Census count ends Thursday (so respond if you haven’t)

do it please thx
The Census Bureau is encouraging people to fill out their census forms on computers, tablets or phones. (U.S. Census Bureau photo).
do it please thx
The Census Bureau is encouraging people to fill out their census forms on computers, tablets or phones. (U.S. Census Bureau photo).

Thursday is the final day for completing the 2020 Census.

The deadline for accepting census responses has changed throughout this year, first pushed back because the coronavirus pandemic caused operational delays, then bumped up over the politics of congressional reapportionment. The US Supreme Court ruled Tuesday the Trump administration can end the field operations, and the Census Bureau announced it would cease counting on Thursday, Oct. 15.

As of Oct. 12, Nevada’s self-response rate to the census was 66.4 percent, an increase over the self-response rate of 61.4 percent one decade ago.

Nevada ranked 25th in the nation when it comes to self-response rate.

Silver State Voices Executive Director Emily Zamora, who sits on the Nevada Census’ Complete Count Committee, says the improvement from the previous decennial census is encouraging but the numbers are still too low.

“The problem is, there is a little over 30 percent of the population not reporting on their own behalf,” she adds.

Self response rates are seen as the most reliable data collection. That’s part of the reason the Census Bureau and advocates emphasize them. When households do not respond to the census, it triggers follow ups, including physical visits from census workers. But if direct contact isn’t made, census workers can attempt to collect information through landlords or neighbors or administrative records. It’s educated guesswork and can lead to unintended undercounting.

“A lot of those people are hard-to-count communities,” adds Zamora, referring to historically undercounted groups such as people of color, immigrants, low-income households, limited-English speakers, single-parent households, renters and young adults. “We don’t want any government entity making assumptions as to how many folks are living somewhere, what their ethnic background is. We want these communities to tell their own story.”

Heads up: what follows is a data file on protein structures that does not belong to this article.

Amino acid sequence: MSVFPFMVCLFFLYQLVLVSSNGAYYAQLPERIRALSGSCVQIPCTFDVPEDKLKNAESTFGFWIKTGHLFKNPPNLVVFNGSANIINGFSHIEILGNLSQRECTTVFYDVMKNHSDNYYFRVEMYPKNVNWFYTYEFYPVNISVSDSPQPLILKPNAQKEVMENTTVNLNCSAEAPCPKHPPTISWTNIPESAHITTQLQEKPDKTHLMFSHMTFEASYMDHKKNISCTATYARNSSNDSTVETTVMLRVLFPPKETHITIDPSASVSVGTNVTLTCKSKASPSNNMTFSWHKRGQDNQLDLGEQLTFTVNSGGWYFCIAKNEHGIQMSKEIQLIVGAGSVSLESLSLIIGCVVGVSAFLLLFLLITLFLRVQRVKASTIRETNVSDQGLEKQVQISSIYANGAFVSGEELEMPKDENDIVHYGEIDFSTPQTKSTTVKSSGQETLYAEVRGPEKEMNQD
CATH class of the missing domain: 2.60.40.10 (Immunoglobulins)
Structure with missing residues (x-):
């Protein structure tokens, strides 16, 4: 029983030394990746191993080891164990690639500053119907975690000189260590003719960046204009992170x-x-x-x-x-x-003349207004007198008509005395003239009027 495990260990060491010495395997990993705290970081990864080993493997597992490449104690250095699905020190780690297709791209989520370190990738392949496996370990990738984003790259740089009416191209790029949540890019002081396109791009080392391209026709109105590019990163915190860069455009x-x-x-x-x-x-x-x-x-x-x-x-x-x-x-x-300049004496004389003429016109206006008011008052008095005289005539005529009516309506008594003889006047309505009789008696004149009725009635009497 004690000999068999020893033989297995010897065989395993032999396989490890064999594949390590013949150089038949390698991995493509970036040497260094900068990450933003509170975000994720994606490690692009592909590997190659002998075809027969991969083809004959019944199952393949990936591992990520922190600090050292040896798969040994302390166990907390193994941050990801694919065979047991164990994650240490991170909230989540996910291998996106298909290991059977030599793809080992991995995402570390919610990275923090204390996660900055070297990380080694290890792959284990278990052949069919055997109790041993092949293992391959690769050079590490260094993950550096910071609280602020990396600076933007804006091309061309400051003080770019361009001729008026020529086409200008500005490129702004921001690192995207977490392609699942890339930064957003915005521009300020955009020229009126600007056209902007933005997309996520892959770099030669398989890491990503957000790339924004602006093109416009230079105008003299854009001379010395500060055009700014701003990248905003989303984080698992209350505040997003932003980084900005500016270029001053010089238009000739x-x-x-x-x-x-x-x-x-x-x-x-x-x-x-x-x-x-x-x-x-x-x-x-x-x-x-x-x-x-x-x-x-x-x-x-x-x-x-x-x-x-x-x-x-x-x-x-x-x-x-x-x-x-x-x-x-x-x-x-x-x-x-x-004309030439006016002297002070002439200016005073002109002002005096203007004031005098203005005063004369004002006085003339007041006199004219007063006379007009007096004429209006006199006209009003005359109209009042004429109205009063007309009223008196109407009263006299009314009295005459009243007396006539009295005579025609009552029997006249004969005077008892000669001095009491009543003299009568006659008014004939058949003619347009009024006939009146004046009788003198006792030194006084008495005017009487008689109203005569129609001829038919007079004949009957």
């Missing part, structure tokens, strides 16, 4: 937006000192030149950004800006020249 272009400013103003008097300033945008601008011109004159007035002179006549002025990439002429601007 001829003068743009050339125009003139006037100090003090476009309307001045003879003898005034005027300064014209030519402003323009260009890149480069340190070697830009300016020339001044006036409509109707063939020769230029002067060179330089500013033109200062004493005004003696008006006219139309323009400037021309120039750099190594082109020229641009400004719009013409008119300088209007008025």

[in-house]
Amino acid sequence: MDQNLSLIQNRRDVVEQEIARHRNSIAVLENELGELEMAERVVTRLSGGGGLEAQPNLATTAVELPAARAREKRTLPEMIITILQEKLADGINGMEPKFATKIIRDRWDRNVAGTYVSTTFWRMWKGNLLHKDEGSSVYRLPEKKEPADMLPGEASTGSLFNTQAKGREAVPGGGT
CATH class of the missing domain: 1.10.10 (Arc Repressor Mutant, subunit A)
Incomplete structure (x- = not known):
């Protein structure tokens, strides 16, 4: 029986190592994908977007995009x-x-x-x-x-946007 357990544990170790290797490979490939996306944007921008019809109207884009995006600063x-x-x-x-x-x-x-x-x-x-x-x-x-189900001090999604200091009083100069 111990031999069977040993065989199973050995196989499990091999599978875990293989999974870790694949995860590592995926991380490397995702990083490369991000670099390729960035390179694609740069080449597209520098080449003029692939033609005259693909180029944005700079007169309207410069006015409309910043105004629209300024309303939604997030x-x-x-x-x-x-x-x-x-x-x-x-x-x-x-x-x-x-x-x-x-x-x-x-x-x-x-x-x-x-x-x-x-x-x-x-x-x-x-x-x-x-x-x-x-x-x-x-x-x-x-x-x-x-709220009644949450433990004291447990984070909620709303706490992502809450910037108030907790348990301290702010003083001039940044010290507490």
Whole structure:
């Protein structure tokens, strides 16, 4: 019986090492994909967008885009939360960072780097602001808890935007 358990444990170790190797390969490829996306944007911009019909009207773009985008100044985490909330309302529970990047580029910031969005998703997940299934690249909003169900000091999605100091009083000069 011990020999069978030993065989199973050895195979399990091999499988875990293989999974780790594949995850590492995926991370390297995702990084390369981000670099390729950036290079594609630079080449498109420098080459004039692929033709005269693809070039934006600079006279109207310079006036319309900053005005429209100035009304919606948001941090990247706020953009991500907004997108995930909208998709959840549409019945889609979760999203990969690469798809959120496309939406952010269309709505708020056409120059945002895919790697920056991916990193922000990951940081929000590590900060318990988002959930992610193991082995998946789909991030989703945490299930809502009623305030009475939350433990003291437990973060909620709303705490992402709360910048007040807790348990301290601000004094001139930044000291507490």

The Census Bureau is reporting Nevada’s “enumeration rate” as 99.9 percent. That’s a combination of the self-response rate and the “non-response follow-up” which includes the door knockers and any information gathered by proxy.

Zamora said she’s “deeply disappointed” in the Supreme Court decision and the confusion over the response deadline. The previously announced deadline had been Oct. 31.

“The average person, having to deal with work and kids, maybe the Census was not their number one thing but they thought they had two more weeks to fill it out,” she says. “That’s not the case anymore.”

Census data is used for a variety of purposes, including federal funding for things like Medicaid and the National School Lunch Program, which provides free or reduced lunches at public schools. Nearly one-third of Nevadans fall into a hard-to-count category.

In 2016, Nevada received $6.2 billion in federal funding based on 2010 census data numbers. That included $2.6 billion for Medicaid, $357 million for highway planning, $120 million for Title-1 (aka, schools with high percentages of low-income students) and $20 million for programs supporting victims of crime.

Responses to the Census will be accepted online at my2020census.gov until Oct. 15 at 11:59 p.m. Hawaii Standard Time (HST) — that’s Oct. 16 at 2:59 a.m. Nevada time. Information on phone options are available on the official Census website here.

April Corbin Girnus
April Corbin Girnus is an award-winning journalist with a decade of media experience. She has been a beat writer at Las Vegas Sun, a staff writer at LEO Weekly, web editor of Las Vegas Weekly and a blogger documenting North American bike share systems’ efforts to increase ridership in underserved communities. An occasional adjunct journalism professor, April steadfastly rejects the notion that journalism is a worthless major. Amid the Great Recession, she earned a B.A. in journalism from the University of Nevada Las Vegas, where she served as editor-in-chief of the student newspaper. She later earned an M.A. in media studies and a graduate certificate in media management from The New School for Public Engagement. April currently serves on the board of the Society of Professional Journalists Las Vegas pro chapter. A stickler about municipal boundary lines, April enjoys teaching people about unincorporated Clark County. She grew up in Sunrise Manor and currently resides in Paradise with her husband, two children and three mutts.